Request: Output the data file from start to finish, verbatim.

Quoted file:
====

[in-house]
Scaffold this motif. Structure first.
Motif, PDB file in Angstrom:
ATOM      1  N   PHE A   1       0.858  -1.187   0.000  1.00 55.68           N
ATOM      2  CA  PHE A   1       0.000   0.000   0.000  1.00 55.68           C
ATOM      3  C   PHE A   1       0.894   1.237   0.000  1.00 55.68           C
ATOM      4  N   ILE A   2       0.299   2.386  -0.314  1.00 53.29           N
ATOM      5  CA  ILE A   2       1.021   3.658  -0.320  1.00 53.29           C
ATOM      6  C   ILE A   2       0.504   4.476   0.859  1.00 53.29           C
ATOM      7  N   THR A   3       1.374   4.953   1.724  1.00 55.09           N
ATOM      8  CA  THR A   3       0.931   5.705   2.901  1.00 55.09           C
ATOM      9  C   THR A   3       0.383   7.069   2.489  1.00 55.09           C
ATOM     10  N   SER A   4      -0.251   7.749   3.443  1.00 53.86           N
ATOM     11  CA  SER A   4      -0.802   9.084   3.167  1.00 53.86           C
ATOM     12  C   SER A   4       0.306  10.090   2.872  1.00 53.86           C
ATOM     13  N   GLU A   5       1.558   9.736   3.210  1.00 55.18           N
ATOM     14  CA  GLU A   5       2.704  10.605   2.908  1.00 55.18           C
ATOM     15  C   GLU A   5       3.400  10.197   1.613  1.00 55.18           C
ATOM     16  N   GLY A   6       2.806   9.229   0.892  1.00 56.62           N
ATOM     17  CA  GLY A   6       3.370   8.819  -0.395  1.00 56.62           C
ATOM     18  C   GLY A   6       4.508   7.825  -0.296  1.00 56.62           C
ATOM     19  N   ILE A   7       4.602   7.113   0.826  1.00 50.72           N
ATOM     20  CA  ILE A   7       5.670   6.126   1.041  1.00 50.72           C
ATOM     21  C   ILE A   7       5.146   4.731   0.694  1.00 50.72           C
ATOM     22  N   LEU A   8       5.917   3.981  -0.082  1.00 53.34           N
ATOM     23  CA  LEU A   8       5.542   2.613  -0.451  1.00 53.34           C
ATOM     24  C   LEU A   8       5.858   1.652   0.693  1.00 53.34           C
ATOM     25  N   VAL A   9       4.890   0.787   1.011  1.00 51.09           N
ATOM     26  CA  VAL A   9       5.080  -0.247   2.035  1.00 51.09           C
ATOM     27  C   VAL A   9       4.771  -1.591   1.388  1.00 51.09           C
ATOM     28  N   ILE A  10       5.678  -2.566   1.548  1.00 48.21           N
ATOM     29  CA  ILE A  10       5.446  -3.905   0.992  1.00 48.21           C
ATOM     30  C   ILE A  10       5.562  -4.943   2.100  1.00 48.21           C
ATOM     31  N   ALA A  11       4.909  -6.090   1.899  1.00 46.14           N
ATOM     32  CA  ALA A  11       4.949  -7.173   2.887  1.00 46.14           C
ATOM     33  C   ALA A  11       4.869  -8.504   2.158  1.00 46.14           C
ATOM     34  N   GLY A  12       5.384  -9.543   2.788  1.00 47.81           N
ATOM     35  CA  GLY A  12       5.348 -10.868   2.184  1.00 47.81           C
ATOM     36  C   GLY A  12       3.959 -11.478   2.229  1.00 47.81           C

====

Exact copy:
[in-house]
Scaffold this motif. Structure first.
Motif, PDB file in Angstrom:
ATOM      1  N   PHE A   1       0.858  -1.187   0.000  1.00 55.68           N
ATOM      2  CA  PHE A   1       0.000   0.000   0.000  1.00 55.68           C
ATOM      3  C   PHE A   1       0.894   1.237   0.000  1.00 55.68           C
ATOM      4  N   ILE A   2       0.299   2.386  -0.314  1.00 53.29           N
ATOM      5  CA  ILE A   2       1.021   3.658  -0.320  1.00 53.29           C
ATOM      6  C   ILE A   2       0.504   4.476   0.859  1.00 53.29           C
ATOM      7  N   THR A   3       1.374   4.953   1.724  1.00 55.09           N
ATOM      8  CA  THR A   3       0.931   5.705   2.901  1.00 55.09           C
ATOM      9  C   THR A   3       0.383   7.069   2.489  1.00 55.09           C
ATOM     10  N   SER A   4      -0.251   7.749   3.443  1.00 53.86           N
ATOM     11  CA  SER A   4      -0.802   9.084   3.167  1.00 53.86           C
ATOM     12  C   SER A   4       0.306  10.090   2.872  1.00 53.86           C
ATOM     13  N   GLU A   5       1.558   9.736   3.210  1.00 55.18           N
ATOM     14  CA  GLU A   5       2.704  10.605   2.908  1.00 55.18           C
ATOM     15  C   GLU A   5       3.400  10.197   1.613  1.00 55.18           C
ATOM     16  N   GLY A   6       2.806   9.229   0.892  1.00 56.62           N
ATOM     17  CA  GLY A   6       3.370   8.819  -0.395  1.00 56.62           C
ATOM     18  C   GLY A   6       4.508   7.825  -0.296  1.00 56.62           C
ATOM     19  N   ILE A   7       4.602   7.113   0.826  1.00 50.72           N
ATOM     20  CA  ILE A   7       5.670   6.126   1.041  1.00 50.72           C
ATOM     21  C   ILE A   7       5.146   4.731   0.694  1.00 50.72           C
ATOM     22  N   LEU A   8       5.917   3.981  -0.082  1.00 53.34           N
ATOM     23  CA  LEU A   8       5.542   2.613  -0.451  1.00 53.34           C
ATOM     24  C   LEU A   8       5.858   1.652   0.693  1.00 53.34           C
ATOM     25  N   VAL A   9       4.890   0.787   1.011  1.00 51.09           N
ATOM     26  CA  VAL A   9       5.080  -0.247   2.035  1.00 51.09           C
ATOM     27  C   VAL A   9       4.771  -1.591   1.388  1.00 51.09           C
ATOM     28  N   ILE A  10       5.678  -2.566   1.548  1.00 48.21           N
ATOM     29  CA  ILE A  10       5.446  -3.905   0.992  1.00 48.21           C
ATOM     30  C   ILE A  10       5.562  -4.943   2.100  1.00 48.21           C
ATOM     31  N   ALA A  11       4.909  -6.090   1.899  1.00 46.14           N
ATOM     32  CA  ALA A  11       4.949  -7.173   2.887  1.00 46.14           C
ATOM     33  C   ALA A  11       4.869  -8.504   2.158  1.00 46.14           C
ATOM     34  N   GLY A  12       5.384  -9.543   2.788  1.00 47.81           N
ATOM     35  CA  GLY A  12       5.348 -10.868   2.184  1.00 47.81           C
ATOM     36  C   GLY A  12       3.959 -11.478   2.229  1.00 47.81           C